Kuwait's state-run Kuwait Petroleum Corporation (KPC) has purchased some refined petroleum products from "brotherly" countries to strengthen its
strategic reserves following the deadly explosion in its largest refinery in
The company procured 100,000 tons of fuel oil and 75,000 tons of petrol as a
precaution and to boost the nation's strategic reserves.
Al-Ahmadi refinery was severely damaged in the explosion. Kuwaiti Oil Minister Sheikh Saud Nasser al-Sabah remarked that the necessary repairs would cost approximately $330 million. An independent expert recommended the construction of a new refinery rather than repairing Al-Ahmadi, which uses out-dated technology.
Kuwait recently resumed crude oil exports from a terminal adjacent to
Al-Ahmadi refinery, but exports of refined products from the refinery are
not expected to recommence for several weeks.
Kuwait, which typically boasts a production capacity of over 2.4 million
barrels per day (bpd), faces increased pressure to meet the new OPEC quota
from 1.98 million to 2.037 million bpd starting on July 1.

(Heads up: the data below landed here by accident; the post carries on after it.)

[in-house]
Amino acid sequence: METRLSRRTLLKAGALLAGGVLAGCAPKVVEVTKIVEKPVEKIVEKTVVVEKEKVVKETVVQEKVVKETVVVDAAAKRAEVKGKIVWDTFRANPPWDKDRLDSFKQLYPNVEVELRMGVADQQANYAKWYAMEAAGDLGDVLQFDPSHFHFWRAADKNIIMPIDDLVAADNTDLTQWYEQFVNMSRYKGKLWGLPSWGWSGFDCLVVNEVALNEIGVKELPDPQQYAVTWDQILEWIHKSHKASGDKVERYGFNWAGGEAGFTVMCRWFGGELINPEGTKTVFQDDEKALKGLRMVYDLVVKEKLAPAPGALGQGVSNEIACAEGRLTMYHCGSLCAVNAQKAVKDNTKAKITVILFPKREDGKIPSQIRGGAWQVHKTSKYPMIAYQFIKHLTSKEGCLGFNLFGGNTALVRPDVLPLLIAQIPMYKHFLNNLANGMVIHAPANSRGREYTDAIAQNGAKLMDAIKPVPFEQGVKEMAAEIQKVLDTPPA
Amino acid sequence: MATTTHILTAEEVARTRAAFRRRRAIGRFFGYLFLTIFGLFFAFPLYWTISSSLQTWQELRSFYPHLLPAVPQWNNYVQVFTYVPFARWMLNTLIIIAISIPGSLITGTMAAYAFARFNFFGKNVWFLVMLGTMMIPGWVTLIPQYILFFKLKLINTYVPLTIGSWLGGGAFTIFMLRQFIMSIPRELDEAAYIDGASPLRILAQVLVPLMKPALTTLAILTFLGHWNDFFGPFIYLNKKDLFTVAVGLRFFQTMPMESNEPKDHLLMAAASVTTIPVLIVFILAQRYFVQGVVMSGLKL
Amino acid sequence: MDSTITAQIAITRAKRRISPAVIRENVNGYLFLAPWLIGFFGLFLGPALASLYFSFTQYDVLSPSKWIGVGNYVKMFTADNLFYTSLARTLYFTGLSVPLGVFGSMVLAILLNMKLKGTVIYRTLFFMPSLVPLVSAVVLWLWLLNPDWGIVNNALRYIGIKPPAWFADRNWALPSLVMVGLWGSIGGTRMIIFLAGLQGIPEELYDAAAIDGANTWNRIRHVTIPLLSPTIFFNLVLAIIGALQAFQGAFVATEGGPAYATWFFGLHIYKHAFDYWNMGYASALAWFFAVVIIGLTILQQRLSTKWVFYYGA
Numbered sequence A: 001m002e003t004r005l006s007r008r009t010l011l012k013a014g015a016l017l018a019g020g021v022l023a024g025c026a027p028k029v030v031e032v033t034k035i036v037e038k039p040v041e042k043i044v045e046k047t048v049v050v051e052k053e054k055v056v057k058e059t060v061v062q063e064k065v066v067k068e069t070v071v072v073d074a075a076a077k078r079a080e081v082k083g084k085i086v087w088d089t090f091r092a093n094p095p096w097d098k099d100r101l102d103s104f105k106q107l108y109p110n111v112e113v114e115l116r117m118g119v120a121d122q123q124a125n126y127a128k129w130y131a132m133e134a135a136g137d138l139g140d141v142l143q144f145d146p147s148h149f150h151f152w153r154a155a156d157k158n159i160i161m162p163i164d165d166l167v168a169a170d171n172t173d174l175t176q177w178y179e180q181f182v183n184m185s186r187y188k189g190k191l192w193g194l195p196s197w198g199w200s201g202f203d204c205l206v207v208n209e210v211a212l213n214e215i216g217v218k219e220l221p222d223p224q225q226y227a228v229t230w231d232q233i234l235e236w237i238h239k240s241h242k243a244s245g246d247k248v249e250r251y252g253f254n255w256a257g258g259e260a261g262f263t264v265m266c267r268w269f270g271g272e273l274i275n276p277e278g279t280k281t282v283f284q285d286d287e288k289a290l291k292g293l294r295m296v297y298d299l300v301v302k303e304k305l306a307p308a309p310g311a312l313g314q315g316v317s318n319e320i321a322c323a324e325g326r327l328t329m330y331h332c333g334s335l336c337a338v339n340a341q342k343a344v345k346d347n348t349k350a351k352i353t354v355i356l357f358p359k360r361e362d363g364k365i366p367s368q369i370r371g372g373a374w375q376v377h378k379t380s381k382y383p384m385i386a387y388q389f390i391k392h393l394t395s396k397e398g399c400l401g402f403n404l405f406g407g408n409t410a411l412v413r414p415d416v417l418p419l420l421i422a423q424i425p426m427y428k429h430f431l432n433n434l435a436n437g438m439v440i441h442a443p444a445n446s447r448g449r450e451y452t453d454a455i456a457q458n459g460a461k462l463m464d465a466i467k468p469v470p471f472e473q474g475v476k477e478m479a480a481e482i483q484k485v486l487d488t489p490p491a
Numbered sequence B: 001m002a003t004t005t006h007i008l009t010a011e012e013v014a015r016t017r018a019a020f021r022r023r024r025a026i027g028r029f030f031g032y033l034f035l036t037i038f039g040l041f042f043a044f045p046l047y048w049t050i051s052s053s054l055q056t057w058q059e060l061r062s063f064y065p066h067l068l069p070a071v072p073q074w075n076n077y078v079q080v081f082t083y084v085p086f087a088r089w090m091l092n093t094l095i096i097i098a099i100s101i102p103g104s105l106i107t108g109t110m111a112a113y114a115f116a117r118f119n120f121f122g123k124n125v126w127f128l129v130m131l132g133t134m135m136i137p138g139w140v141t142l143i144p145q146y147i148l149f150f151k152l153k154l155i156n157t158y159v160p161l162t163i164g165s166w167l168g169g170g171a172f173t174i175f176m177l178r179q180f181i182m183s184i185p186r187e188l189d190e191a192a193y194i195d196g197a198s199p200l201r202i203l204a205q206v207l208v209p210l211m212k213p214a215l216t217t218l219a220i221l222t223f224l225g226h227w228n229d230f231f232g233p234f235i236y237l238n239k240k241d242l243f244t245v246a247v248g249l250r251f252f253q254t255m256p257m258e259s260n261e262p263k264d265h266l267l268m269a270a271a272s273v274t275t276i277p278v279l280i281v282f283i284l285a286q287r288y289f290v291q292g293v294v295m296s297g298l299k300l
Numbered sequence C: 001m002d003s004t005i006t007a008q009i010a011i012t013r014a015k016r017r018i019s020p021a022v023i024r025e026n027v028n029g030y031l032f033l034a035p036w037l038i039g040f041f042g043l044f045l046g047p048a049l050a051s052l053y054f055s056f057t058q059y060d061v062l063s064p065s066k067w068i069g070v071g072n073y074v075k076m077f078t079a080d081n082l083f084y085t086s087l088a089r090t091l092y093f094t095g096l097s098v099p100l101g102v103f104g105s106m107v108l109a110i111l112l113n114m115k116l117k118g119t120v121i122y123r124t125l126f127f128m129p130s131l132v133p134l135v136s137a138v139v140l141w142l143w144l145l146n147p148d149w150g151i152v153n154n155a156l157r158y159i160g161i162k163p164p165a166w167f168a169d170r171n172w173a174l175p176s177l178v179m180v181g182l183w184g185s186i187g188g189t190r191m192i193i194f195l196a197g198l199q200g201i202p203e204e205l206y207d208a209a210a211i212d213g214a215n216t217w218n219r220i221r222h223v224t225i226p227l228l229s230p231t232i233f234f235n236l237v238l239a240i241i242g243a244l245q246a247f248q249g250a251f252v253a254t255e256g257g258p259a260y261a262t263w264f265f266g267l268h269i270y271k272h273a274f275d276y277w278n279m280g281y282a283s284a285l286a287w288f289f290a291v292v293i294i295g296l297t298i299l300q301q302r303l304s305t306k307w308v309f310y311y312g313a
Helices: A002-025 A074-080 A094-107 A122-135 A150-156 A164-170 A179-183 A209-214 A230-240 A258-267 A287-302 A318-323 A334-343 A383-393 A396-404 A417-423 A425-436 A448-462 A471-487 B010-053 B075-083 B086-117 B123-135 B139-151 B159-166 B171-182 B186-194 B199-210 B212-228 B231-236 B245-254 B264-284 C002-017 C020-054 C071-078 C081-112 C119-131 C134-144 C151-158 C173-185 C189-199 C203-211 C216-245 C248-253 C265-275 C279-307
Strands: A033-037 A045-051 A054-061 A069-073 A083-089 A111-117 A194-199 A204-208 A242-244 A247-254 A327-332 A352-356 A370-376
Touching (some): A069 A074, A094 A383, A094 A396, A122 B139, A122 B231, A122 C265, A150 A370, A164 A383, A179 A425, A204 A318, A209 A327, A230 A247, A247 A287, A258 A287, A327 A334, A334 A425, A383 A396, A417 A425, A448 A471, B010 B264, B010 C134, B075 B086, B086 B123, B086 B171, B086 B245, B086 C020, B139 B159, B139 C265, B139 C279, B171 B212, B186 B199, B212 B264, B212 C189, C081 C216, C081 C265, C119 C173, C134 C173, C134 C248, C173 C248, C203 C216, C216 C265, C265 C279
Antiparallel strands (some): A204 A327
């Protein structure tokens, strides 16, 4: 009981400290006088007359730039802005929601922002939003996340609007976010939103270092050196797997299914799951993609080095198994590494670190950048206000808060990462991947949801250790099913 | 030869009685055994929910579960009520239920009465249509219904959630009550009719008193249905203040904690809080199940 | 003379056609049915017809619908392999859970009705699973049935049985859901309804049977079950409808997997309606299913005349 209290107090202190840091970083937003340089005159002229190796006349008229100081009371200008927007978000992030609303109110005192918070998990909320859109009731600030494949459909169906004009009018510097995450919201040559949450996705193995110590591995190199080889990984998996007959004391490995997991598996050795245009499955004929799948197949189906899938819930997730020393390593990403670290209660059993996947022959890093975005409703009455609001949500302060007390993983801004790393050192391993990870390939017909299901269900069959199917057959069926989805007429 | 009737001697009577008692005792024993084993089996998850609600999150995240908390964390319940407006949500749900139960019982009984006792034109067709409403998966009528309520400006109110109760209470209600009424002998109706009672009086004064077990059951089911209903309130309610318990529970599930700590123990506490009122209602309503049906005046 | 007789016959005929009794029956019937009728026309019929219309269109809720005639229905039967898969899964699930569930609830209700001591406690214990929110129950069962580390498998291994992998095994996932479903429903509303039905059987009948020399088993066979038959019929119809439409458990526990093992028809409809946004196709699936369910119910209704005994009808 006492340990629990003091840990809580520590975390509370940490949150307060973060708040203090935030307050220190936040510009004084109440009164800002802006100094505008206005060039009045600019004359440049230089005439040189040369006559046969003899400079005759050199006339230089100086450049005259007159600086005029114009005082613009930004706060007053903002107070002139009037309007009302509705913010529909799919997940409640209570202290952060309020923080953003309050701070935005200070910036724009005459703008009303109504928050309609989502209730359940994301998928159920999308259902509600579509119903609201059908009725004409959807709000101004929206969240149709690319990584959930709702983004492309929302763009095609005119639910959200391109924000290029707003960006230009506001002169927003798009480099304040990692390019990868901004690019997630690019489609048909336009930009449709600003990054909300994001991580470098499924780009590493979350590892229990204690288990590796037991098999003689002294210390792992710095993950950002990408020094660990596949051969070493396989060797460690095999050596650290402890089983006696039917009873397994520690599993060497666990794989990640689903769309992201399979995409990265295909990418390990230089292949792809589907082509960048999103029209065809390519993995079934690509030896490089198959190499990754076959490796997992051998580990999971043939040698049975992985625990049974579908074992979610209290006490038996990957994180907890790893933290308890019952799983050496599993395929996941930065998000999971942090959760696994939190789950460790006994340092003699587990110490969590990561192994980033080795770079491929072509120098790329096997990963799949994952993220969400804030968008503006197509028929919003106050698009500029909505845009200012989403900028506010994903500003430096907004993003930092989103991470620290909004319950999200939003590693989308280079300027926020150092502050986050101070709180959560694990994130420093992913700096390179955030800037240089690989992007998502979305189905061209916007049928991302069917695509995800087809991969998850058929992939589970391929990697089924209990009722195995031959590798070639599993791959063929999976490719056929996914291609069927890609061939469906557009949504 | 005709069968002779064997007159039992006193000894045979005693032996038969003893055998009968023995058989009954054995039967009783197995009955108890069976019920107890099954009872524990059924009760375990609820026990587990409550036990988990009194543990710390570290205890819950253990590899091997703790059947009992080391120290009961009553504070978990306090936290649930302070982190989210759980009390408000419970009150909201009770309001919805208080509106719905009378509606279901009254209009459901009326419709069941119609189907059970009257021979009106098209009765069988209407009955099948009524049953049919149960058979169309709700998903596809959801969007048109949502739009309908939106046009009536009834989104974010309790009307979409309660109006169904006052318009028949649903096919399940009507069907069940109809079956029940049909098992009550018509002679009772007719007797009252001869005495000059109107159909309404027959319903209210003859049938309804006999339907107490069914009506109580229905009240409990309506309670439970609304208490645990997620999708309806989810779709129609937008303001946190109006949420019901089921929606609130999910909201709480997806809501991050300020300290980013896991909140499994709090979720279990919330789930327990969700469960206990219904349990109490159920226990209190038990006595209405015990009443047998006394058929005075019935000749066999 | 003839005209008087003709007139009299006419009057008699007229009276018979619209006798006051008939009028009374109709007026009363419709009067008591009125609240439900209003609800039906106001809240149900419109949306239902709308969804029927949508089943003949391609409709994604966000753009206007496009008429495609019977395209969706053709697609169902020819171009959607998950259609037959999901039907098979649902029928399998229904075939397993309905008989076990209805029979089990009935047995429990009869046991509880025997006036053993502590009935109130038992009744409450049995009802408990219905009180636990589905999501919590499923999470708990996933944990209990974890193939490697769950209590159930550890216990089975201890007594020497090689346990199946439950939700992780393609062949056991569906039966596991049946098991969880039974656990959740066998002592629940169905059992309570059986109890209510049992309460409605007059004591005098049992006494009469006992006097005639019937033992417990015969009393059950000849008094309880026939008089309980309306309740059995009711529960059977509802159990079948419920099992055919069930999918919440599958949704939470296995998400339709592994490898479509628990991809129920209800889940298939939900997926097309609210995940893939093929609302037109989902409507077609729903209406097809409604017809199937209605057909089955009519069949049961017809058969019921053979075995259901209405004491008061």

Al-Ahmadi refinery has a capacity of 450,000 bpd, constituting half of
Kuwait's refined oil exports. According to an initial assessment, an oil
distillation unit with a capacity of 122,000 bpd was extensively damaged and
another with 120,000 bpd capacity suffered medium damage in the explosion
caused by a gas leak.
Founded in 1980 as an umbrella organization to manage the state of Kuwait's
rapidly diversifying oil interests, KPC has in less than two decades
established itself as a truly international entity, respected by governments
and business institutions worldwide as the ambassador of Kuwait's oil
industry. KPC contributed to Kuwait's recovery from the dire state faced by
Kuwait's oil industry following the Iraqi invasion in 1990.
© 2000 Mena Report (www.menareport.com )